From red carpet to real life…SUSANNA REID: Why DO midlife women like me need to prove we’re still wild?
- In her latest column Susanna Reid admits she’s nervous about upper ear piercing
- She wants to smash any stereotypes of how women a certain age should behave
- Susanna says women of her generation aren’t becoming more conservative
In her latest column, Susanna Reid (pictured) admits she’s nervous about getting an upper ear piercing
OUCH! I may have been through the pain of childbirth three times, but I’m incredibly nervous about having my upper ear pierced.
I wince as a needle that reminds me of an epidural is threaded through the cartilage in my left ear. I catch a brief glimpse of it before it goes in, but can’t look in the mirror as it’s done.
Giuliana, the lovely lady wielding the needle, had told me it would take two seconds. It feels like a painful two minutes — even though I’ve taken painkillers and I’m holding my friend Mel’s hand tightly for support. She has extra piercings herself and is tempted by another as she sits beside me, although she manages to resist.
Whatever possessed me to put myself through this ordeal? My 49th birthday is fast approaching and I wanted to join all those women smashing the stereotype of how a woman should behave and look when she reaches a certain age.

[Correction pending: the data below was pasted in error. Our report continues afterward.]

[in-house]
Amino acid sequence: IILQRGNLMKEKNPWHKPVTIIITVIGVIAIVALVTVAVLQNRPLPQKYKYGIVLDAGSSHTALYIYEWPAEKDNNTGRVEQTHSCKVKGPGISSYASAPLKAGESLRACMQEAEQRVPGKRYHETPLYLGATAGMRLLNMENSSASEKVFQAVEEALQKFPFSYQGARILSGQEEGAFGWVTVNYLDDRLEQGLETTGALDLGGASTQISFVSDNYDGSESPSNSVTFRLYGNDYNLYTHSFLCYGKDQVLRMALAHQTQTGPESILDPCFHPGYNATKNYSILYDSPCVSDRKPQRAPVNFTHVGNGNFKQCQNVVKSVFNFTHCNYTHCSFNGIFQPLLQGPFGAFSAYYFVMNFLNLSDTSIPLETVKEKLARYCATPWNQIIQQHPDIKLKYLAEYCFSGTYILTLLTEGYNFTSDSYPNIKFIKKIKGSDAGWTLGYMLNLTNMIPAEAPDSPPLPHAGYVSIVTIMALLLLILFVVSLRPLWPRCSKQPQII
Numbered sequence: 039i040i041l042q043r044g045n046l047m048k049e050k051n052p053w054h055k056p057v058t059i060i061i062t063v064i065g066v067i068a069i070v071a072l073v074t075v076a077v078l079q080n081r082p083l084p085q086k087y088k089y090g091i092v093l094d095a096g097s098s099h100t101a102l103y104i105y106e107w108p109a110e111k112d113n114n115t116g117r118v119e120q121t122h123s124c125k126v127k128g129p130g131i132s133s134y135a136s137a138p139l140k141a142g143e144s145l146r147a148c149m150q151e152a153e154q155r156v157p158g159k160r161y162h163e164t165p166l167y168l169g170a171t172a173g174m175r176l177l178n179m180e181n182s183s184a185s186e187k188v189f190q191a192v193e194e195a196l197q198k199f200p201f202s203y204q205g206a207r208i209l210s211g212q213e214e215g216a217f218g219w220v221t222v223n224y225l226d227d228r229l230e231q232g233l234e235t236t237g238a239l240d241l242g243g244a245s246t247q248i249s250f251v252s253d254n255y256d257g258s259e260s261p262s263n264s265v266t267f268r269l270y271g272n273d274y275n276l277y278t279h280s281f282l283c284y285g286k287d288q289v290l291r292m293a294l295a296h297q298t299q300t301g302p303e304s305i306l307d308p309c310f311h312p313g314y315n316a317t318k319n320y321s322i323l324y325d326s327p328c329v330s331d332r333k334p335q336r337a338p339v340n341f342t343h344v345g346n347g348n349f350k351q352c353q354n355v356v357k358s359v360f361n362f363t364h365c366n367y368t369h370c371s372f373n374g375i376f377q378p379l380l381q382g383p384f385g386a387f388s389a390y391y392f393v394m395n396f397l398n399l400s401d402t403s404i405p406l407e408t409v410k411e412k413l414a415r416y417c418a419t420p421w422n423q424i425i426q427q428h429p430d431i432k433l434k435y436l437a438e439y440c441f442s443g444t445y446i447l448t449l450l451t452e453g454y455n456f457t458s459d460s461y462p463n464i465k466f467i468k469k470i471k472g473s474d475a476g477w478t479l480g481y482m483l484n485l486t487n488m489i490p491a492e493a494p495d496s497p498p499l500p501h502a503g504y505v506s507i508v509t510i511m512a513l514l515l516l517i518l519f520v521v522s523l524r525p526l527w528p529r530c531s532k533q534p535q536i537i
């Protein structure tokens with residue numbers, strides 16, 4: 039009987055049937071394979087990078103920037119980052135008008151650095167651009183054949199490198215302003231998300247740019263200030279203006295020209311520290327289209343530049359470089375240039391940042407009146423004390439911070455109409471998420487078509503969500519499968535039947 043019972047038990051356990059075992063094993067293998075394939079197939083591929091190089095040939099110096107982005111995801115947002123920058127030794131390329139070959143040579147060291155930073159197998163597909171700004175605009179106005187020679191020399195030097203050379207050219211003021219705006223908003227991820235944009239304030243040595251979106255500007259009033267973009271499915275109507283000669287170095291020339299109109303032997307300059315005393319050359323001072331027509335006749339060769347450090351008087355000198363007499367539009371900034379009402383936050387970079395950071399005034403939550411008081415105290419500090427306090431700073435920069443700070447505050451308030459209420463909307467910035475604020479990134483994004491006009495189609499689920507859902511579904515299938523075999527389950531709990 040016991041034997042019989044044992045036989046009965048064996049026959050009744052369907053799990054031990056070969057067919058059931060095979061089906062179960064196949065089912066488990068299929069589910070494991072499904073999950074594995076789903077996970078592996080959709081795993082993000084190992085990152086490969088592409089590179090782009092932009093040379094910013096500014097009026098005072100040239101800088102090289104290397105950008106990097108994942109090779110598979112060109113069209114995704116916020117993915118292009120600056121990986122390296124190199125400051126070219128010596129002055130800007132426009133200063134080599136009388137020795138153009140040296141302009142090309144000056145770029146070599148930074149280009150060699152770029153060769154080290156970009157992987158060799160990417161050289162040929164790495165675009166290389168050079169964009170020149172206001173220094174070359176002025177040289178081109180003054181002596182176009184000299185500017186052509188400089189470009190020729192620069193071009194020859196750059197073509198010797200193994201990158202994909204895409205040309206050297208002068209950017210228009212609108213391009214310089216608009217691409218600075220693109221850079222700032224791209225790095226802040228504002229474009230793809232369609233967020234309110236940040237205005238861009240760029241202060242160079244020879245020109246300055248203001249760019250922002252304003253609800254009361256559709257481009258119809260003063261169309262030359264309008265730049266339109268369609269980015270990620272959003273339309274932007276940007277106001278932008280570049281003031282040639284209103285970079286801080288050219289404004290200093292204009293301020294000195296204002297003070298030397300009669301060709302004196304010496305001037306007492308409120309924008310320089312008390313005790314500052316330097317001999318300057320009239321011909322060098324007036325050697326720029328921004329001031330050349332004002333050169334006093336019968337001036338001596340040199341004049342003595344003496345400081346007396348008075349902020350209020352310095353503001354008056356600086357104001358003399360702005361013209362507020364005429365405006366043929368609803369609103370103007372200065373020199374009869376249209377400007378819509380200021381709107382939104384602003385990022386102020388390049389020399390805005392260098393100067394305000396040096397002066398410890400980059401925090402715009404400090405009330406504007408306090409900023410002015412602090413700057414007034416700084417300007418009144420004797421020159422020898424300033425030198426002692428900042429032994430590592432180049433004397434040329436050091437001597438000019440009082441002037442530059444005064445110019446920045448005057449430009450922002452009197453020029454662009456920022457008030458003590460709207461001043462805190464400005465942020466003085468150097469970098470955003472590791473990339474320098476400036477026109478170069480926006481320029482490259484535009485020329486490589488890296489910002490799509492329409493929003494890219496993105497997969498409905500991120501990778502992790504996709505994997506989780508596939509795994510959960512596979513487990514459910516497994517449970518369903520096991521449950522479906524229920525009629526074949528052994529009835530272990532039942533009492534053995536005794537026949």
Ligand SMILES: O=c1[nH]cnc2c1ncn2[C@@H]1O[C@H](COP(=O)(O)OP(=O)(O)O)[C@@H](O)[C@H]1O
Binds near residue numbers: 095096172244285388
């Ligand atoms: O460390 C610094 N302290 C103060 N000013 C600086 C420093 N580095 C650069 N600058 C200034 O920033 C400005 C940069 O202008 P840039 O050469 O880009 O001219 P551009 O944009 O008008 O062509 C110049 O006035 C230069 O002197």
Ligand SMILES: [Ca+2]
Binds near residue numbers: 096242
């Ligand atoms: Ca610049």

Women of my generation aren’t becoming more conservative as we get older. On the contrary, we’re less concerned about what people think. Sharon Osbourne, Uma Thurman, Kate Moss . . . lots of middle-aged women are rocking multiple piercings.
I could have had an undercut hairstyle like I did when I was 17. And perhaps like Judi Dench, I’ll finally get a tattoo. Carpe diem is inked on her wrist. Seize the day — a motto for us all as we grow up.
But for now, I’m sticking with this quiet form of rebellion — it’s cheaper than a sports car and more publicly acceptable than surgery.
One of the young women who works at Astrid & Miyu, the jewellery store where I’m having the deed done, has ten piercings. But rather than looking like a pirate (the concern expressed by my youngest son when I tell him), she looks professional and stylish.
And she says there’s been a surge in women my age seeking the same look. In fact, her mother, just turned 54, is getting a piercing before Christmas.